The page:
Bail worry

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Attorney General Dale Marshall has vented his frustrations on the issue of bail being granted to persons accused of murder who secure release and then commit other heinous crimes.

“We have a problem with bail,” he declared to the House of Assembly this evening as the Chamber continued debate on the Appropriations Bill 2019.

“The fact is the individual who was arrested yesterday is already on bail for a murder charge and there are several other individuals in this country who are out on bail for murder charges and go on to be charged for other homicides. There are individuals who are on bail for firearms who are given bail and come out and engage in the same kind of activity,” he said.

But he pledged that “115 bad boys” in a 300,000 population will not be allowed to terrorize the country.

“Is it right that a few hoodlums can walk around with guns so that they could terrorize a population of 300,000? The mathematics of it cannot work. It can’t work! As long as I have breath, strength and the support of my colleagues it cannot happen,” he stressed.

Noting that the brazen nature of yesterday’s violent death of 33-year-old Damien Trotman in a crowded food court at Sheraton Centre has captured the attention of Barbadians, he said. “A lot of Barbadians were not taking gun violence seriously until yesterday.”

Marshall told the members of the Lower House, Government cannot deal with the issues plaguing the society alone but rather needed the assistance of the public and especially those who are enabling young criminals including family members who “know what they are doing” but who lack the courage to come forward.

“ . . . because it happened in Sheraton where people are shopping and dining and so on, people are waking up. No! they should have woken up years ago when this problem started. That is another inconvenient truth.

The Attorney General offered his sympathies to those left behind after gun violence but charged they are people in the community who are enabling young people to commit crime for financial gain.

“I am very sympathetic and believe that the life of one person taken by crime is a life too many. I don’t make any judgment that the man who was shot and killed yesterday was somebody who is well known to the law. Everybody has an opportunity to redeem themself. Should that young man had lived he could have gone on to turn his life around and to be a good father and a good husband and to be a credit to our society.

“There are people in our community who want to shelter these ‘bad boys’ sometimes because it represents a source of revenue; sometimes because it represents a false sense of security. But still, they are wailing and crying when these individuals suffer demise through criminal activity. If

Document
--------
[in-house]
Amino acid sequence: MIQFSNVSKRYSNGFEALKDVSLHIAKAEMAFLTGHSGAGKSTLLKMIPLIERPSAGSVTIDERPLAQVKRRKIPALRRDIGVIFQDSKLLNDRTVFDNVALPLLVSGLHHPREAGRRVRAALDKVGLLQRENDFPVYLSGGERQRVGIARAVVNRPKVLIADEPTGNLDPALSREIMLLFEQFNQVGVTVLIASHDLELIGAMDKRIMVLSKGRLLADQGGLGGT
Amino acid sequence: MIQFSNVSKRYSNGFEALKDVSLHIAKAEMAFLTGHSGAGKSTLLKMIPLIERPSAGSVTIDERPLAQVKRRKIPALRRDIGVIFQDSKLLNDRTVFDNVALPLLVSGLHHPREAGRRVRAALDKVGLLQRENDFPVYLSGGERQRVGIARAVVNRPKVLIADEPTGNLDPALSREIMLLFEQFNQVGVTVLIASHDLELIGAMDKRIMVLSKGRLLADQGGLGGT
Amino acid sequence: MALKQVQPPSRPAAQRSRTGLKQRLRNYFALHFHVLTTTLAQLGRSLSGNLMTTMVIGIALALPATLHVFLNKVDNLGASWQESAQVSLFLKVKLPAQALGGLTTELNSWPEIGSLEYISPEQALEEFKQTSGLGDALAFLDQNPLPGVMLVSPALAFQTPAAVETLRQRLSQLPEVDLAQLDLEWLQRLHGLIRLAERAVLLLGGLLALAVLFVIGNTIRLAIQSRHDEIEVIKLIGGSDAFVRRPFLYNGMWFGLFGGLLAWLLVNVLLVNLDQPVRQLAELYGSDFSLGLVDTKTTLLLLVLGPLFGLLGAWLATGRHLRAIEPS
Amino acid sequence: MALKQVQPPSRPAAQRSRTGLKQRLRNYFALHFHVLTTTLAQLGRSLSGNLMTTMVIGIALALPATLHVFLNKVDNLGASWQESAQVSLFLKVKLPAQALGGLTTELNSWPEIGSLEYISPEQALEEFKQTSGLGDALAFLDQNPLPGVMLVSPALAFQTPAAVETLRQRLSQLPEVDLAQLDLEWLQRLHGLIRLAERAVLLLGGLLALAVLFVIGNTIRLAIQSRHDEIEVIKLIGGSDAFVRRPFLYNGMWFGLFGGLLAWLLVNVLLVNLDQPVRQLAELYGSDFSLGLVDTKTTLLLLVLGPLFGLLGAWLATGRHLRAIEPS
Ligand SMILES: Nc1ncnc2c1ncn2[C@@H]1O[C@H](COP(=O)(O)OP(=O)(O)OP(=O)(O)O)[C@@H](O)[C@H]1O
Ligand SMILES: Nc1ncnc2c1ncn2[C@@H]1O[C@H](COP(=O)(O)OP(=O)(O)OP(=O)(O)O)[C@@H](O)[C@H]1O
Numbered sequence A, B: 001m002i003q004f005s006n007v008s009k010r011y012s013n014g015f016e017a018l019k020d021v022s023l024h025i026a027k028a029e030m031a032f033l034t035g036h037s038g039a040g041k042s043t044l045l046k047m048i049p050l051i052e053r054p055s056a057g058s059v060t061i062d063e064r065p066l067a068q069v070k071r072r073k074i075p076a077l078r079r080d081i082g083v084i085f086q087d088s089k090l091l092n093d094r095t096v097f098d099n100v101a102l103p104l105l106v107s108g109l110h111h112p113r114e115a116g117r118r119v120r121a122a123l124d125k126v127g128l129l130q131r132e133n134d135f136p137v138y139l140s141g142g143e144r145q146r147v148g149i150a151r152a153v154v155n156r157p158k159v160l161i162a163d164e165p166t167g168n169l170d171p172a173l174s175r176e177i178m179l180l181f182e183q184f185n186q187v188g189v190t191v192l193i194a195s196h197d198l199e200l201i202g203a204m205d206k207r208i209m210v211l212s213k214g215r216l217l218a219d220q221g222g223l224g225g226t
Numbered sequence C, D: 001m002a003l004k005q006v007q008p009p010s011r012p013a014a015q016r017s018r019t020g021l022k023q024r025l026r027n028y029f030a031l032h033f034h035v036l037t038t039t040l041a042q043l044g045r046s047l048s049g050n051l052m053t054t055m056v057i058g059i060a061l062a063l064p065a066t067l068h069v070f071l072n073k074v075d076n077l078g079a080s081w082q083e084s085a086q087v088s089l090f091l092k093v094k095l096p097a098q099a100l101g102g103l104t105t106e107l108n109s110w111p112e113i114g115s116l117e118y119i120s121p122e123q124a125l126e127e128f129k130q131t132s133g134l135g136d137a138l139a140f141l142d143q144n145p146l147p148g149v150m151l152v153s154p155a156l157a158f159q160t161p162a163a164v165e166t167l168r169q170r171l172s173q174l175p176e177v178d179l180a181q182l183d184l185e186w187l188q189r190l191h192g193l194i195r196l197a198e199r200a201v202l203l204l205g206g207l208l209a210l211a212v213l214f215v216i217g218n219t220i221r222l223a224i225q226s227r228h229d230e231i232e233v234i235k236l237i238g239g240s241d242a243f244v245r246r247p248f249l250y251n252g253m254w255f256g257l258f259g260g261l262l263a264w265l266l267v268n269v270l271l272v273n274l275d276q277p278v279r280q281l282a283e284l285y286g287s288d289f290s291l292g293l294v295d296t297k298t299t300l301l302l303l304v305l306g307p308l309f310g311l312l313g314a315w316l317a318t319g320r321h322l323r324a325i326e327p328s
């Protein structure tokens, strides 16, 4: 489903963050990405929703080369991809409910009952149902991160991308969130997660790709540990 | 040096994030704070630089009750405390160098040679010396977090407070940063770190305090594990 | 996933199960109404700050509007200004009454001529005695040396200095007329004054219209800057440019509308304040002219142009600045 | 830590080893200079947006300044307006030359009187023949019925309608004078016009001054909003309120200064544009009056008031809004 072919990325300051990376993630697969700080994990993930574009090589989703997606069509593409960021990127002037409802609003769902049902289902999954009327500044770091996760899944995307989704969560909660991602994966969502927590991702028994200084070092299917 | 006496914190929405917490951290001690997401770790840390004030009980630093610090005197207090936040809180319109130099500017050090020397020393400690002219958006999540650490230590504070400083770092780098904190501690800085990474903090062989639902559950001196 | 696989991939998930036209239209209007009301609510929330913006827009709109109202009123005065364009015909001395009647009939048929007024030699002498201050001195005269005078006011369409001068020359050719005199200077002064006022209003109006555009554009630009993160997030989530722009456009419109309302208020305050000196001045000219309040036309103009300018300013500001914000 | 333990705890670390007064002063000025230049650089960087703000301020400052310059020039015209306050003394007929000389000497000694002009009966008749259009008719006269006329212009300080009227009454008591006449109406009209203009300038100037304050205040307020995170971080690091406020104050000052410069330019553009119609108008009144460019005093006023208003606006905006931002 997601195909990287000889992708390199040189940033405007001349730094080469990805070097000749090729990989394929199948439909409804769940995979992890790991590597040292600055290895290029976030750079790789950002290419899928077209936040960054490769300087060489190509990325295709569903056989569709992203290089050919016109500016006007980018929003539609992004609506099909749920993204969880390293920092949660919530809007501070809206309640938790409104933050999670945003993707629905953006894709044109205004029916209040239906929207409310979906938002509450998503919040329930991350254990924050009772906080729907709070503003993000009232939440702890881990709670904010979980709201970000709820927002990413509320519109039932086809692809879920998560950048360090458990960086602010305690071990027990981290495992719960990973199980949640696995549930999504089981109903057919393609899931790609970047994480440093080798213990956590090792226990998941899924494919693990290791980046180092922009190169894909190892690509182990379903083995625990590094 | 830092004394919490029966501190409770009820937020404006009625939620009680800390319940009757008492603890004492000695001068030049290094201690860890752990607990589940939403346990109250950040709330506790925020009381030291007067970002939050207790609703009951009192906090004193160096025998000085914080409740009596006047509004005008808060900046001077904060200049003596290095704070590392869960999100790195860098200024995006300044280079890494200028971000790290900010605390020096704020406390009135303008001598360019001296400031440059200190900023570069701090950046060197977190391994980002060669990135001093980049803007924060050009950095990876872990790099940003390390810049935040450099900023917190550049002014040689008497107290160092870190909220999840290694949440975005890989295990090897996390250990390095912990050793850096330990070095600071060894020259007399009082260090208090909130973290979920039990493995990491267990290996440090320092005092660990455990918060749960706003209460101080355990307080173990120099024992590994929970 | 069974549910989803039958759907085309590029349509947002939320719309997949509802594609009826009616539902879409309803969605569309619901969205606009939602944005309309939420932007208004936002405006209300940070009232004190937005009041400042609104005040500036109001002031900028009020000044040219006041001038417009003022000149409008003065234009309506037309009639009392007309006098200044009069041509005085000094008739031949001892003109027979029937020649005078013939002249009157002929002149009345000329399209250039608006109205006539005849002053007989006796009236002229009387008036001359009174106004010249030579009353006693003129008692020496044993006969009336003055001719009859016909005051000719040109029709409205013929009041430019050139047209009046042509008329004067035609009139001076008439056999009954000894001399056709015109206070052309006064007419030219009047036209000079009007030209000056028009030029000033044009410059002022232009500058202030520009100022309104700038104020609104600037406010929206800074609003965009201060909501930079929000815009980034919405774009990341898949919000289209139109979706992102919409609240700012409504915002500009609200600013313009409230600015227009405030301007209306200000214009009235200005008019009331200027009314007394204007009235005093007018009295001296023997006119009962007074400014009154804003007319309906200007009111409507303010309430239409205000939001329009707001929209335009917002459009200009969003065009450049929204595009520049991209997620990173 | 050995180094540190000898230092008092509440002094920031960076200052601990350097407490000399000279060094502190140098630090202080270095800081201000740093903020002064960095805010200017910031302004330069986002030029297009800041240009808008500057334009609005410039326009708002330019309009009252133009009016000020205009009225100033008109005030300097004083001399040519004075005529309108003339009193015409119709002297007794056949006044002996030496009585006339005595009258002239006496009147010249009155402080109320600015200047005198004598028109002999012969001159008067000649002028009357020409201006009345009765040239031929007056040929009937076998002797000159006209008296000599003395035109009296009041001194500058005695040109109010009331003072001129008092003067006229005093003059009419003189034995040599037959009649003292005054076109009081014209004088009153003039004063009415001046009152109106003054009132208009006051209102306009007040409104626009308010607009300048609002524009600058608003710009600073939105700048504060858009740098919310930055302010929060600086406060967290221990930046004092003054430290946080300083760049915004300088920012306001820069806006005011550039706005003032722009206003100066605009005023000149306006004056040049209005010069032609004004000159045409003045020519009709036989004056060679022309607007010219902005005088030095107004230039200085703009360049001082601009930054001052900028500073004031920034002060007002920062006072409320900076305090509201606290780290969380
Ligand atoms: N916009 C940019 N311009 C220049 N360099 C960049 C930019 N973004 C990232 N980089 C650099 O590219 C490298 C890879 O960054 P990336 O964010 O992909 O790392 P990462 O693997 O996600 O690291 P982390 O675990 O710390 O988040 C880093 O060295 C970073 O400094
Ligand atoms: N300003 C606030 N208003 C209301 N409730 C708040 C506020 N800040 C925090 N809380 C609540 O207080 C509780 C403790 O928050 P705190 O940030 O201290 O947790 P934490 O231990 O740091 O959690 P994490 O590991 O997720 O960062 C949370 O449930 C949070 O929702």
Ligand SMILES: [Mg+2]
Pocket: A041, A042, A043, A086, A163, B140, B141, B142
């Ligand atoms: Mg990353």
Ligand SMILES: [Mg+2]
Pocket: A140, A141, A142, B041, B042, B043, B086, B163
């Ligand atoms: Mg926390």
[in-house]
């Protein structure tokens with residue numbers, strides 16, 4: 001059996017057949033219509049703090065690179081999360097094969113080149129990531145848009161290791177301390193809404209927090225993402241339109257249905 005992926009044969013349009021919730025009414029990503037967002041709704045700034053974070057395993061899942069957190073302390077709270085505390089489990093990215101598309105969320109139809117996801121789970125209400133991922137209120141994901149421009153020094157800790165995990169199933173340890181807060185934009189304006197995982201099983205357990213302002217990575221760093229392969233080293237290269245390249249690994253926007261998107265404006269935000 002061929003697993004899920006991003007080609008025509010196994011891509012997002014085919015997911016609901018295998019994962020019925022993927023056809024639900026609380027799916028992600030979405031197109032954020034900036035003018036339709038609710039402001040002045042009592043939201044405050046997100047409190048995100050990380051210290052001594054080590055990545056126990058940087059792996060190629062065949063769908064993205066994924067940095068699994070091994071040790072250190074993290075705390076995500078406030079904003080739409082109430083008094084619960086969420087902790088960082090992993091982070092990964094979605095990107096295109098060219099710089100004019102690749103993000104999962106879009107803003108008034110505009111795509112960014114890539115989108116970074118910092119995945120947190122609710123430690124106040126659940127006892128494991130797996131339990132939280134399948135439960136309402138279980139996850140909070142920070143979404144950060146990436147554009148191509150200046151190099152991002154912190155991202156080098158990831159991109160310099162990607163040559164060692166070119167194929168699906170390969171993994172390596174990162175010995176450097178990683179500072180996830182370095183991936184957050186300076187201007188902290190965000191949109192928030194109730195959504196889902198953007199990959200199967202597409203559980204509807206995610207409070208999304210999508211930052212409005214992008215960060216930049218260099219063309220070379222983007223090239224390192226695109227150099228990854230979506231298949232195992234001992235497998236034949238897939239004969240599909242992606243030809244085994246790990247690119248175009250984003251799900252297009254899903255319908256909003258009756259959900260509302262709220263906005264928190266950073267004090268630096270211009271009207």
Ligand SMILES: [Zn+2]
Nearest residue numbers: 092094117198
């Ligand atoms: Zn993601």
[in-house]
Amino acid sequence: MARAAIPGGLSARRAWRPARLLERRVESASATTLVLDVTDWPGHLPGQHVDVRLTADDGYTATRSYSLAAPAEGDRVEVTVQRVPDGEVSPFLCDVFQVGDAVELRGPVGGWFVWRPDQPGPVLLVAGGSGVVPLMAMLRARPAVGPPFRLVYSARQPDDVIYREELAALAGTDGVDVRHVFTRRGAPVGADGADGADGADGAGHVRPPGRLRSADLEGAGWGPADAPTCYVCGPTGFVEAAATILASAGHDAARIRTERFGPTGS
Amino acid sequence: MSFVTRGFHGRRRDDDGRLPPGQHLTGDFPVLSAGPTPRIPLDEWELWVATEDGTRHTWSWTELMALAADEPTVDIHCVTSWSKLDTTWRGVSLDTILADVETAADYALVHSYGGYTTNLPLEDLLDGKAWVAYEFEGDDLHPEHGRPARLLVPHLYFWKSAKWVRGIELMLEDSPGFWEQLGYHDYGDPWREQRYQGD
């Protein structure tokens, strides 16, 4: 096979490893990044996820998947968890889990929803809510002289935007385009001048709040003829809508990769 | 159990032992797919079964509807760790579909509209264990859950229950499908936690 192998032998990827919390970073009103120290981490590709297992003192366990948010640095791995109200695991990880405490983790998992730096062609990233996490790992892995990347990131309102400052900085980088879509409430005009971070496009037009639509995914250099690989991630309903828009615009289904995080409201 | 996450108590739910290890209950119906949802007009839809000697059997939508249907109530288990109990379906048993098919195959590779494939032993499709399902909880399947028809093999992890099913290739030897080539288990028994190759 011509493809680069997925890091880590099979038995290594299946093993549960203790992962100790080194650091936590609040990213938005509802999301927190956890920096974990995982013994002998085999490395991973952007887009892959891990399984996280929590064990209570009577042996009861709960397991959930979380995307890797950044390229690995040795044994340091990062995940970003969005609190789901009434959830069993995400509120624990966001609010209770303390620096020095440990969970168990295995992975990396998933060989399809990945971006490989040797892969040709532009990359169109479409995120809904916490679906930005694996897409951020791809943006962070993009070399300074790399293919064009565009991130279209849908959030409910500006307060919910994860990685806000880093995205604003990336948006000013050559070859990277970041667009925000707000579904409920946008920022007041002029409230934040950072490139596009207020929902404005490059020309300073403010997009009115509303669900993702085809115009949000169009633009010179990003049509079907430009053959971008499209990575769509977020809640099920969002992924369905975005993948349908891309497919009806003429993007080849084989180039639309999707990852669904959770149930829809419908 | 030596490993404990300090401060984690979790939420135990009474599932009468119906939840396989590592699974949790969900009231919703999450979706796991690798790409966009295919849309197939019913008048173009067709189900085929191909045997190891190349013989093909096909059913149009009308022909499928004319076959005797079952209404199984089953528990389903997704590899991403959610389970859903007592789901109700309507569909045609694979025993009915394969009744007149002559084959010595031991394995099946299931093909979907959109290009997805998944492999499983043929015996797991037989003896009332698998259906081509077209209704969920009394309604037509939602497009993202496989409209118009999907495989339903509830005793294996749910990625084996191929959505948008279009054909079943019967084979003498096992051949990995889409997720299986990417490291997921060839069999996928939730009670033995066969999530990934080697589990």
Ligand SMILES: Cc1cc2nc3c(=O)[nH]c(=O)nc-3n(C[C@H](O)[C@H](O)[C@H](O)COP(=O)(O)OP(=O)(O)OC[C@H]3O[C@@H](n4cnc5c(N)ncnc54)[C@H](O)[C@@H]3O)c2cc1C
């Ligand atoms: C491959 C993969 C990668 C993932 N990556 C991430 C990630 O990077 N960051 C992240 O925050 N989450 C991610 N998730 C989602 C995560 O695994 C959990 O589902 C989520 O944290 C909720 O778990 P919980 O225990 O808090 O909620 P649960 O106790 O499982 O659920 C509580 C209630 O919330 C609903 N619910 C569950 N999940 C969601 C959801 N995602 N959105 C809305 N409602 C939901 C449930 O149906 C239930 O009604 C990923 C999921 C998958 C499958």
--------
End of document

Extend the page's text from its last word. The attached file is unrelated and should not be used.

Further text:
you want to save the life of your loved one, get them out of that lifestyle,” he pleaded to the applause of his fellow parliamentarians.

He said some of the gun crimes in Barbados were reported by the Commissioner of Police Tyrone Griffith to be a form of reprisals.

“What does that tell us about the Barbados we have today? We have to remove the rose-coloured glasses as the Commissioner said yesterday. Because one person gets shot his comrades want to go after the persons who shot him, and it goes on and on. These people do not give a damn about the effect that it is having on our economy,” he said.

The Attorney General sounded a stern warning to the criminals in light of improvements to the judicial system which will shorten the time to adjudication of criminal matters.

“There are people in our system who believe that they can do as they please and that they can walk up and down in our country and shoot and rob and steal and make mock sport at the lives of Barbadians because they feel the day of reckoning is far off and it would never come.

“Let me give them this promise that the days when court cases in the criminal jurisdiction would take years before they come off will shortly be at an end. We are putting the judges in place to ensure that files will move swiftly. We are giving the Director of Public Prosecutors the additional staff that she needs and additional lawyers as well and we are ensuring that our judicial system is up to the task of dealing with our criminal element,” he said.

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Bail worry - Barbados Today

Bail worry  Barbados TodayAttorney General Dale Marshall has vented his frustrations on the issue of bail being granted to persons accused of murder who secure release and then commit ...